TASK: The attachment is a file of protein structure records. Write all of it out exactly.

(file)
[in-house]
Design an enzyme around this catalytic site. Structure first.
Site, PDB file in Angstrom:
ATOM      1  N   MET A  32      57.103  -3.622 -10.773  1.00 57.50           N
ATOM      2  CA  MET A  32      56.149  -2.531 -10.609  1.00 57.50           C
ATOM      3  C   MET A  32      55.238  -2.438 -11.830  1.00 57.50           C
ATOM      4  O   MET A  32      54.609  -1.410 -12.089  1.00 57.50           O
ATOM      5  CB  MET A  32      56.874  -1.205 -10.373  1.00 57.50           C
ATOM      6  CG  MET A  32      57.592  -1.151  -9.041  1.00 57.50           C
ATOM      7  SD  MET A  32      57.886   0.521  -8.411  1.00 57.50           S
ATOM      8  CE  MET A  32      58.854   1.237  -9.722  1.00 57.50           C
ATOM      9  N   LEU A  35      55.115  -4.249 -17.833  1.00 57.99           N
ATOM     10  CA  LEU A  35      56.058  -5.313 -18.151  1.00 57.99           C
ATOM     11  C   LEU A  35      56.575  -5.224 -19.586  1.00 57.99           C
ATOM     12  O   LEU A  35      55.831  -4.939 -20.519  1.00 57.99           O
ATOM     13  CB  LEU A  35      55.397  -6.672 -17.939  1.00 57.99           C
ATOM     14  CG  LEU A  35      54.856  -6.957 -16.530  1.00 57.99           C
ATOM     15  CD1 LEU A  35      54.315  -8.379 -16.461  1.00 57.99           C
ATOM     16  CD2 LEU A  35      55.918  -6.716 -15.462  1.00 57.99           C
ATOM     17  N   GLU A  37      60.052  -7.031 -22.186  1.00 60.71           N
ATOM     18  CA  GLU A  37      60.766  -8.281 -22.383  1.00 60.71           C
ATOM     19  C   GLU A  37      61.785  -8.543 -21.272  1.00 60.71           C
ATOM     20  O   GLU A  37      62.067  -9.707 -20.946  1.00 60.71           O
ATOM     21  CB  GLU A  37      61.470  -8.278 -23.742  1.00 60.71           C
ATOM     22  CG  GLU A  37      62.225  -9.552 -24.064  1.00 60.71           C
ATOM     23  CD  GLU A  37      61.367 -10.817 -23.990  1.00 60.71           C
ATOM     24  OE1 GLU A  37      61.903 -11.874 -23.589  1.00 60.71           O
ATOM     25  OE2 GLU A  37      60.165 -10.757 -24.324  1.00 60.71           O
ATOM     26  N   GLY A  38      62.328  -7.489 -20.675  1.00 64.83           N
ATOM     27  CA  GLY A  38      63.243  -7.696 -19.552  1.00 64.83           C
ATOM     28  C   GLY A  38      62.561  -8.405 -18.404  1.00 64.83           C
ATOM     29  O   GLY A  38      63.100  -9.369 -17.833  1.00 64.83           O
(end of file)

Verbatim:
[in-house]
Design an enzyme around this catalytic site. Structure first.
Site, PDB file in Angstrom:
ATOM      1  N   MET A  32      57.103  -3.622 -10.773  1.00 57.50           N
ATOM      2  CA  MET A  32      56.149  -2.531 -10.609  1.00 57.50           C
ATOM      3  C   MET A  32      55.238  -2.438 -11.830  1.00 57.50           C
ATOM      4  O   MET A  32      54.609  -1.410 -12.089  1.00 57.50           O
ATOM      5  CB  MET A  32      56.874  -1.205 -10.373  1.00 57.50           C
ATOM      6  CG  MET A  32      57.592  -1.151  -9.041  1.00 57.50           C
ATOM      7  SD  MET A  32      57.886   0.521  -8.411  1.00 57.50           S
ATOM      8  CE  MET A  32      58.854   1.237  -9.722  1.00 57.50           C
ATOM      9  N   LEU A  35      55.115  -4.249 -17.833  1.00 57.99           N
ATOM     10  CA  LEU A  35      56.058  -5.313 -18.151  1.00 57.99           C
ATOM     11  C   LEU A  35      56.575  -5.224 -19.586  1.00 57.99           C
ATOM     12  O   LEU A  35      55.831  -4.939 -20.519  1.00 57.99           O
ATOM     13  CB  LEU A  35      55.397  -6.672 -17.939  1.00 57.99           C
ATOM     14  CG  LEU A  35      54.856  -6.957 -16.530  1.00 57.99           C
ATOM     15  CD1 LEU A  35      54.315  -8.379 -16.461  1.00 57.99           C
ATOM     16  CD2 LEU A  35      55.918  -6.716 -15.462  1.00 57.99           C
ATOM     17  N   GLU A  37      60.052  -7.031 -22.186  1.00 60.71           N
ATOM     18  CA  GLU A  37      60.766  -8.281 -22.383  1.00 60.71           C
ATOM     19  C   GLU A  37      61.785  -8.543 -21.272  1.00 60.71           C
ATOM     20  O   GLU A  37      62.067  -9.707 -20.946  1.00 60.71           O
ATOM     21  CB  GLU A  37      61.470  -8.278 -23.742  1.00 60.71           C
ATOM     22  CG  GLU A  37      62.225  -9.552 -24.064  1.00 60.71           C
ATOM     23  CD  GLU A  37      61.367 -10.817 -23.990  1.00 60.71           C
ATOM     24  OE1 GLU A  37      61.903 -11.874 -23.589  1.00 60.71           O
ATOM     25  OE2 GLU A  37      60.165 -10.757 -24.324  1.00 60.71           O
ATOM     26  N   GLY A  38      62.328  -7.489 -20.675  1.00 64.83           N
ATOM     27  CA  GLY A  38      63.243  -7.696 -19.552  1.00 64.83           C
ATOM     28  C   GLY A  38      62.561  -8.405 -18.404  1.00 64.83           C
ATOM     29  O   GLY A  38      63.100  -9.369 -17.833  1.00 64.83           O